Personalizing Spring with a LibraryLookup action template
Figure 1. Personalizing Spring with a LibraryLookup action template

The name of the attribute is LibraryLookup. Its value is the URL template for my library: And here's the actionPair in actions.xml, adjusted to refer to the custom attribute:



    LibraryLookup (custom)






If your Spring setup is customized in the same way mine is -- see the LibraryLookup generator for examples of the six general URL templates I've identified so far, which cover thousands of libraries worldwide -- we should be able to trade book objects while preserving each book's ability to look itself up in the appropriate local library.

But where do those books come from? The Books subdirectory of the Spring installation, which includes a handful of examples, also provides a URL that acts like an object factory:

You can generate Spring books by simply dragging URLs (from a browser or any text editor). For example, drag this URL to Spring: &t=usercreations-20 &dev-t=D1HTPQET64F8JH &AsinSearch=088730995X &type=lite &f=

To create a different book, simply replace the 088730995X above with the 10 digit ISBN/ASIN for the book.

This illustrates one of my favorite idioms at work. Using the RESTful variant of Amazon's API, you can fetch XML data about a book and pipe it through Amazon's XSLT processor for transformation. In this case the default transformation produces a standard Spring book object. We can easily intercept that transformation to extend the book object. And while we're at it, let's streamline the procedure for interpolating an ISBN into the URL that invokes that transformation:

var re=/([\/-]|is[bs]n=)(\d{7,9}[\dX])/i;

if (re.test(location.href)==true)


  var isbn=RegExp.$2;

  var win =


  win.document.write('<html><head><title>Spring Book Factory</title></head> \

  <body><p>Drag this URL to a Spring canvas to create a book object:</p> \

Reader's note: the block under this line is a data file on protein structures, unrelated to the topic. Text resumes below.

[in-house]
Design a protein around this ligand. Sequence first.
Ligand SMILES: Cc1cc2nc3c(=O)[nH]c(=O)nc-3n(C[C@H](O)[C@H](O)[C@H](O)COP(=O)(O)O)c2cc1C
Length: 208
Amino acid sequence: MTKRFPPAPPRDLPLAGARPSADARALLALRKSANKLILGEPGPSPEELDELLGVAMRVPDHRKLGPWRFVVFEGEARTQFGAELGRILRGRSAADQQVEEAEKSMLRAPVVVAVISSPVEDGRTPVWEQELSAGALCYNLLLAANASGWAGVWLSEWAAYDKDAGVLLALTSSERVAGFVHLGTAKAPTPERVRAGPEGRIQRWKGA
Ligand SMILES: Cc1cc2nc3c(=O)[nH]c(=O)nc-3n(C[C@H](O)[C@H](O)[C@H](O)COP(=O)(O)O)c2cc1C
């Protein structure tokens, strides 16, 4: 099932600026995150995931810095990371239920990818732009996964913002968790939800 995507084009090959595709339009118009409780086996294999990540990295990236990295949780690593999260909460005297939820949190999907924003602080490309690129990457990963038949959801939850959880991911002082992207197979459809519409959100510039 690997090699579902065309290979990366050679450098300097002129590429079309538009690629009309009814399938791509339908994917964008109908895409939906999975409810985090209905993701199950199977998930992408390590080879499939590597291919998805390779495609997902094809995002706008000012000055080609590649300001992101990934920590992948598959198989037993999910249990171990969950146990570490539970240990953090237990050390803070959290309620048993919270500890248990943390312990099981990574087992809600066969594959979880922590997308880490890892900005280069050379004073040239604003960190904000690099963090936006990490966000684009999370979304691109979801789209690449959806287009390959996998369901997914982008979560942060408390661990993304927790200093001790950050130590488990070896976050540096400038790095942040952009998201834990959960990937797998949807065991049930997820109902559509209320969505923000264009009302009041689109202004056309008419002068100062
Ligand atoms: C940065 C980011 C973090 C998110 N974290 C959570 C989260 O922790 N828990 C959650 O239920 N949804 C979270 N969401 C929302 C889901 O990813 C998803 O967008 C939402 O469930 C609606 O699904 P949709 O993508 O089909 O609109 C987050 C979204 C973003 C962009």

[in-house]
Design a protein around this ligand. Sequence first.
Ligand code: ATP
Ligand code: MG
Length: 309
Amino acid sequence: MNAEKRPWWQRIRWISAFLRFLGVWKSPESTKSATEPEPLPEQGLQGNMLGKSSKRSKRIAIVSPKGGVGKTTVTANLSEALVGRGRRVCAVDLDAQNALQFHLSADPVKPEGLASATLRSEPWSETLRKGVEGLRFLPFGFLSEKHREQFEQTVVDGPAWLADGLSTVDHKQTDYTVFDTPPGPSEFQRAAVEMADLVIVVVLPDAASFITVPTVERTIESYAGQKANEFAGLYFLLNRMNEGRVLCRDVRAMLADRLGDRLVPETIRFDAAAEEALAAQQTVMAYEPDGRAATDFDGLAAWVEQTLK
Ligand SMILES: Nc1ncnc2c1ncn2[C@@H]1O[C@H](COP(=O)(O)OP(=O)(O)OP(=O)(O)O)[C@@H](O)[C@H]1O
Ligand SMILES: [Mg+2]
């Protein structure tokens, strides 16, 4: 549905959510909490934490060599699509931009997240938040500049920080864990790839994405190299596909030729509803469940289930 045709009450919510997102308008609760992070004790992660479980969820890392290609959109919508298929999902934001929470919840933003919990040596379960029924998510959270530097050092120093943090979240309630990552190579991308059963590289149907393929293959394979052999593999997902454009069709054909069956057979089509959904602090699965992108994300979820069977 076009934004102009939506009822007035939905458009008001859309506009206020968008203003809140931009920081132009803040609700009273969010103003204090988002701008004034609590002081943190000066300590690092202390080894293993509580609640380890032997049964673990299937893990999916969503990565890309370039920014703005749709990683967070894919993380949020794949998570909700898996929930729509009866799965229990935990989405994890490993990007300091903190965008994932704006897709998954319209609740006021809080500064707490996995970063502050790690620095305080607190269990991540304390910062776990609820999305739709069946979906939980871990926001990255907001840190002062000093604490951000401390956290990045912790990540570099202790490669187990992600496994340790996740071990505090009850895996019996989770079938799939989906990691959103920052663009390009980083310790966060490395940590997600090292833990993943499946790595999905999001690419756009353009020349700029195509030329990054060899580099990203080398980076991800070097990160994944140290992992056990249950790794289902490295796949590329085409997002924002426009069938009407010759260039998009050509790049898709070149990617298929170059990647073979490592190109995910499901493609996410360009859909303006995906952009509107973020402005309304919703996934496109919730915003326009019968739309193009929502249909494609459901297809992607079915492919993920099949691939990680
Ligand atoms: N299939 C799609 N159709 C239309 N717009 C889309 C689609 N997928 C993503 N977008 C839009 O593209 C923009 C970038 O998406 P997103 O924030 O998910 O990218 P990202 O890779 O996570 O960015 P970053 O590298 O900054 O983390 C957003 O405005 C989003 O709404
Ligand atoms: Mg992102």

<p><a href=\" \

  dev-t=D1HTPQET64F8JH&AsinSearch='+isbn+'&type=lite& \

  f=\">'+isbn+'</a> \




Subtract extraneous whitespace, package it into this URL -- Spring Book Factory -- and you've got a LibraryLookup-style bookmarklet that you can drag to your toolbar and activate from any ISBN-bearing page at Amazon, All Consuming, or another book site. Clicking the bookmarklet's link brings up a window that contains a URL:

A bookmarklet-driven Spring object factory
Figure 2. A bookmarklet-driven Spring object factory

Drag that URL onto a Spring canvas to instantiate the book object. Because the URL replaces the default Spring XSLT file with one that redirects Spring to my weblog for the XSLT used when the object is refreshed, and for the actions.xml file that controls the context menus of derived objects, a book object created in this way has some new behavior:

A customized Spring book object
Figure 3. A customized Spring book object

In addition to the two flavors of LibraryLookup we've discussed, the context menu includes a "Visit in Safari Books Online" action.

It bodes well that Spring can be extended in these ways with no explicit support or cooperation from User Creations. The claimed benefits of Spring's visual approach are, however, not all that compelling to me. Icon collections very quickly grow unmanageable in my experience, and I don't see how Spring can scale without reintroducing the very kinds of search and navigation that it wants to liberate us from. Direct manipulation of hundreds or thousands of discrete objects is a tedious chore, as anyone who's been the parent of a three-year-old well knows. So I don't expect to find myself using Spring canvases to completely reorganize my data and relationships. I do see great value in Spring's ability to push metadata defined in XML, and actions invoked by URLs, into concrete representations that we can include in rich documents and pass around over networks. Ironically, by encouraging us to create usable XML representations of people, places, and things, Spring can help lay a foundation for improving the classic modes of search and navigation.